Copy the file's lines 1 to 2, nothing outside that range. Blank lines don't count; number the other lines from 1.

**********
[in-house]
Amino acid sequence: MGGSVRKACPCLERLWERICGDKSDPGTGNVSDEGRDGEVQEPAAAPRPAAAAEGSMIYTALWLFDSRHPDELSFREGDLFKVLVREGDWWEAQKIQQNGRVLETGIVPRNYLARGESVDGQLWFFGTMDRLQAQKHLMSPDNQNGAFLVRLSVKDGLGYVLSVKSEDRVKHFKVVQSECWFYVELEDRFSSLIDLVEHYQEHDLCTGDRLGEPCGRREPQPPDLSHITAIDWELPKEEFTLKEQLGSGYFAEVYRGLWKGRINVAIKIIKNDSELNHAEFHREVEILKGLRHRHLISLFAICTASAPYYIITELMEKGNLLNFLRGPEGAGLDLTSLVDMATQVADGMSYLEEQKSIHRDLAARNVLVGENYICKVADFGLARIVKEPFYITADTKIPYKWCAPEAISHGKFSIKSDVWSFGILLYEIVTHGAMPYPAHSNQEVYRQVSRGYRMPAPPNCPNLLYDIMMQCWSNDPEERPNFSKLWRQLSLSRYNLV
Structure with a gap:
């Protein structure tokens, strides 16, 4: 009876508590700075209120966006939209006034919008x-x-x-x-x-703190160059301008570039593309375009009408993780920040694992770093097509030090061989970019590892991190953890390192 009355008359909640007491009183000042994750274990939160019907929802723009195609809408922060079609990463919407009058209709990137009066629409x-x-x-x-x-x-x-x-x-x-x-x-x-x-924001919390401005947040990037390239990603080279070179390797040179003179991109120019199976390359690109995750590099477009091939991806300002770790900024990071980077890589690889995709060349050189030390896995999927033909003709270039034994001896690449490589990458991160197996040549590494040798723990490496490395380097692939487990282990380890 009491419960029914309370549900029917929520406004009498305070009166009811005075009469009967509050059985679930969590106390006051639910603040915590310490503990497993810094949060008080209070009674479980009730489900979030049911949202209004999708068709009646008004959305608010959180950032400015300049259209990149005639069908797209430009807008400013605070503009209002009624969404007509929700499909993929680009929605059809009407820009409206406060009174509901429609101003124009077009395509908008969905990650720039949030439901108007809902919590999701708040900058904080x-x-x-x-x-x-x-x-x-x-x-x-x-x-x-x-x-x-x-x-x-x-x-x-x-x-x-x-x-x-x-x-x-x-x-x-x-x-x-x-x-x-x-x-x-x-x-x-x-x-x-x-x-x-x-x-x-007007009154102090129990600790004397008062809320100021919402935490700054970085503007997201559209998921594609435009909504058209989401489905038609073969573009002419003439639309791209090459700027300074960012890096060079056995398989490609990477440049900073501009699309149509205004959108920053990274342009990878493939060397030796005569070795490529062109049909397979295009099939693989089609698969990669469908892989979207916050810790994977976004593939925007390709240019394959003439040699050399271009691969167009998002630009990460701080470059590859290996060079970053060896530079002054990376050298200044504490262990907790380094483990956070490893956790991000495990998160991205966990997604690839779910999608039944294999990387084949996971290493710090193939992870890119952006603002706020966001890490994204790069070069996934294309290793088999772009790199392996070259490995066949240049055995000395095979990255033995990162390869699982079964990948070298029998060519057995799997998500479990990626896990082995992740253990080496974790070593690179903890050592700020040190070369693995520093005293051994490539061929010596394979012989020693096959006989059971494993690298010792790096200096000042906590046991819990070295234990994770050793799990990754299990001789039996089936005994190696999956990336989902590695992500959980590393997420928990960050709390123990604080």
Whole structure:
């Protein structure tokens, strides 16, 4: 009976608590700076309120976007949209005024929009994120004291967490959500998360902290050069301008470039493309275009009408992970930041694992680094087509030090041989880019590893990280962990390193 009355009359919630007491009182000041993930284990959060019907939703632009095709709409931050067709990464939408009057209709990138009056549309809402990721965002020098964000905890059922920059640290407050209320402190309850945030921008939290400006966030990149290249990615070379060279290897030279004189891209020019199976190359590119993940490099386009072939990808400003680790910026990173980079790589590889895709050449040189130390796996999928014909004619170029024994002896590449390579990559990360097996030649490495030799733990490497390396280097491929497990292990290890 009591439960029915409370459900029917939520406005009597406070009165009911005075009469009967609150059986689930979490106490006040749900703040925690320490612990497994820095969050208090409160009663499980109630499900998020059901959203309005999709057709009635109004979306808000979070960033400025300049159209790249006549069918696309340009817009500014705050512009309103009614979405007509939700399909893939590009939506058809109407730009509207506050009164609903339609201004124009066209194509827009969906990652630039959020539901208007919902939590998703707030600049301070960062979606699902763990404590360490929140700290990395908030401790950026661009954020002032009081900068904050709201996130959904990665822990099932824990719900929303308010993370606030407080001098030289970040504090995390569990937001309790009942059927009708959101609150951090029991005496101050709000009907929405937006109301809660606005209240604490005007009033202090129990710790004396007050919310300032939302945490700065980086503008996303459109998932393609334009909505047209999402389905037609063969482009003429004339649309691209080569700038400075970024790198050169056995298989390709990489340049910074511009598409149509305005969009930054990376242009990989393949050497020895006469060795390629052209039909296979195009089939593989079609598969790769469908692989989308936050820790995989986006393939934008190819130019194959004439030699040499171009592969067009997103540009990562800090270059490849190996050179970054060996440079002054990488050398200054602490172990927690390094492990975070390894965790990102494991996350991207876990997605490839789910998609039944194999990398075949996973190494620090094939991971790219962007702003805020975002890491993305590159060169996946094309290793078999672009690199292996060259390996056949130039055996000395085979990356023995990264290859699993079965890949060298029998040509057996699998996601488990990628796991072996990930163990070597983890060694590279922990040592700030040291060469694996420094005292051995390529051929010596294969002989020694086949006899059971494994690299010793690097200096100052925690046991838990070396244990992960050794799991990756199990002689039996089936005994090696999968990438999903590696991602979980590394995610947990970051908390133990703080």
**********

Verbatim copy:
[in-house]
Amino acid sequence: MGGSVRKACPCLERLWERICGDKSDPGTGNVSDEGRDGEVQEPAAAPRPAAAAEGSMIYTALWLFDSRHPDELSFREGDLFKVLVREGDWWEAQKIQQNGRVLETGIVPRNYLARGESVDGQLWFFGTMDRLQAQKHLMSPDNQNGAFLVRLSVKDGLGYVLSVKSEDRVKHFKVVQSECWFYVELEDRFSSLIDLVEHYQEHDLCTGDRLGEPCGRREPQPPDLSHITAIDWELPKEEFTLKEQLGSGYFAEVYRGLWKGRINVAIKIIKNDSELNHAEFHREVEILKGLRHRHLISLFAICTASAPYYIITELMEKGNLLNFLRGPEGAGLDLTSLVDMATQVADGMSYLEEQKSIHRDLAARNVLVGENYICKVADFGLARIVKEPFYITADTKIPYKWCAPEAISHGKFSIKSDVWSFGILLYEIVTHGAMPYPAHSNQEVYRQVSRGYRMPAPPNCPNLLYDIMMQCWSNDPEERPNFSKLWRQLSLSRYNLV